A Travellerspoint blog

WWOOFing in Wadi Rum

Logistics

So, here's the setup where I'm living at the moment. The family I'm living with lives in Rum Village, at the edge of Wadi Rum desert. Attached to the house is the tour office. Behind the house is the hostel, used mainly by rock climbers and us work exchange people. Then, 12km out in the desert, there is the bedouin camp.

DSC00975.jpg

So, tourists will book someting like a jeep tour and then a night camping in the bedouin tents out there. Maybe a camel ride back - yep, I did it. 12 km and blisters in interesting places.

The cast:
The family - Mohammed, his wife, and nine children. Whew! We spend some time speaking english with the kids.

DSC00976.jpg

The work exchange peeps - there are currently four of us. One, Sarah, has been gone since the day after I arrived, so I haven't gotten to know her. The other two, Stephanie & Bailey (Stephanie's 15 y/o daughter), are perfect. They're from the east coast, USA. They're totally sharp and laid back. Like me : ) They've already been here for two months and will be staying another two.

The employees - The camp employs four drivers for jeep & camel tours and a cook up at camp. I don't know if it's a Bedouin thing or just luck, but these guys are eminently respectful and good natured. This is the first place I've been able to let my hair down (Ha!).

So, us work exchange girls can basically choose each day how we want to contribute. There's hostel cleaning, tour guiding, email responding, and camp cleanup. Also, there is always customer support up at camp. We're expected to get 2-4 hours in each day. So, today I did email. Yesterday I did tour-guiding. The tour guiding is really fun but, at the same time, I think it's actually the most valuable work because the drivers don't really speak english. Also, just being up there at camp to answer questions is really useful.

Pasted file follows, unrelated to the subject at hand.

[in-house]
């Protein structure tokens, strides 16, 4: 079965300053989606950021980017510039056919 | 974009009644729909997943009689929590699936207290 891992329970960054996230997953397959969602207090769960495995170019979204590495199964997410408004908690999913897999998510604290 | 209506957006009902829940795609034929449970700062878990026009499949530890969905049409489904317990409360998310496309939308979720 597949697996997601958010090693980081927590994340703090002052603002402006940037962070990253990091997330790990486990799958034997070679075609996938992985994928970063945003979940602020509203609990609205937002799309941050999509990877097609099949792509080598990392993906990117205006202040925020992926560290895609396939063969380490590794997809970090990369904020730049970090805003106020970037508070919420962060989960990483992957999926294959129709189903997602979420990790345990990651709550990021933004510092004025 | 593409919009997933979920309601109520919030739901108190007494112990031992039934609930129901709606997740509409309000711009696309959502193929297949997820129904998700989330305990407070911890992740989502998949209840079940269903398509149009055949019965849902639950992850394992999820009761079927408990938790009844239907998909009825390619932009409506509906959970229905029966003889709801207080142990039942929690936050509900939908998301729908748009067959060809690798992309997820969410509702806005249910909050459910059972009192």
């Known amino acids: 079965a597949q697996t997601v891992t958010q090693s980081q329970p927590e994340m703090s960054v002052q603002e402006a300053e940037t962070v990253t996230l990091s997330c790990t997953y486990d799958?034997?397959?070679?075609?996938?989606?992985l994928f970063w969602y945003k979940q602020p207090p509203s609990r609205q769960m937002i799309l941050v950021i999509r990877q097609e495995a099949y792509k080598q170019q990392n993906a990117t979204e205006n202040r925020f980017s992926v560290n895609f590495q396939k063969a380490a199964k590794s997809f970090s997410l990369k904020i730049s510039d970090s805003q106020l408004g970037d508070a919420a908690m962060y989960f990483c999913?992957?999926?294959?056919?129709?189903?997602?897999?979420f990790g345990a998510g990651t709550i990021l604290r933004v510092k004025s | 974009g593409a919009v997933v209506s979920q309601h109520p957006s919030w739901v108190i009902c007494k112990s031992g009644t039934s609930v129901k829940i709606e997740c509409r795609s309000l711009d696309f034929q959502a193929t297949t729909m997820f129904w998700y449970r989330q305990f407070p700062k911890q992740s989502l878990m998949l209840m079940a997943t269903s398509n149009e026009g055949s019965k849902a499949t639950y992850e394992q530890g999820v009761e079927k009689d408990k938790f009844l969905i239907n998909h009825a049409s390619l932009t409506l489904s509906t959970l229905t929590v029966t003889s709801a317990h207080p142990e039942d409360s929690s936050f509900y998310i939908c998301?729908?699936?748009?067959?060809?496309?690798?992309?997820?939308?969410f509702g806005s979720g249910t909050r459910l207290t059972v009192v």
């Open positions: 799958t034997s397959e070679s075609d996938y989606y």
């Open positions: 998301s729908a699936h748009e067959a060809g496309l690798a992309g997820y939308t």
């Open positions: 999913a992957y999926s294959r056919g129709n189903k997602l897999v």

Then at the end of the day, we and the drivers generally stay at camp with the tourists. The cook there is EXCELLENT! Also, after dinner, we party (which, here, means dance to Middle Eastern music and drink a lot of over-sweetened tea). Good times.

Posted by jenofear 03:19 Archived in Jordan

Email this entryFacebookStumbleUpon

Table of contents

Comments

Pleasepleaseplease think about writing a book when you get home about this.

I've always been a little in awe of you, and you keep delivering reasons why. This blog, these pictures - all of it makes me so proud that I know you... I love you, dear Jen. -S.

by shemena

Hello! I have just signed up for the same Wwoofing program. I have a handful of questions, since you did the same location a few years ago. Would you mind sending me your e-mail address (as I can't seem to find it here) so I can ask you a few questions about your experience? Thank you! -Christine info[at]christinearmbruster[dot]com

by carmbruster

Hello Jen! Nice to met you. I'm Brazilian, and I was planning to stay in a Kibbutz for 2 months but my entrance in Israel was denied and now I'm "trapped" in Amman. Would you give me the contact of this place wher you stayed woofing in Wadi Rum. i have some urgency in your answer.
Best for you my dear and congratulations by the "wild spirit", hehe.

Rodrigo.

by didanasarabias

Comments on this blog entry are now closed to non-Travellerspoint members. You can still leave a comment if you are a member of Travellerspoint.

Enter your Travellerspoint login details below

( What's this? )

If you aren't a member of Travellerspoint yet, you can join for free.

Join Travellerspoint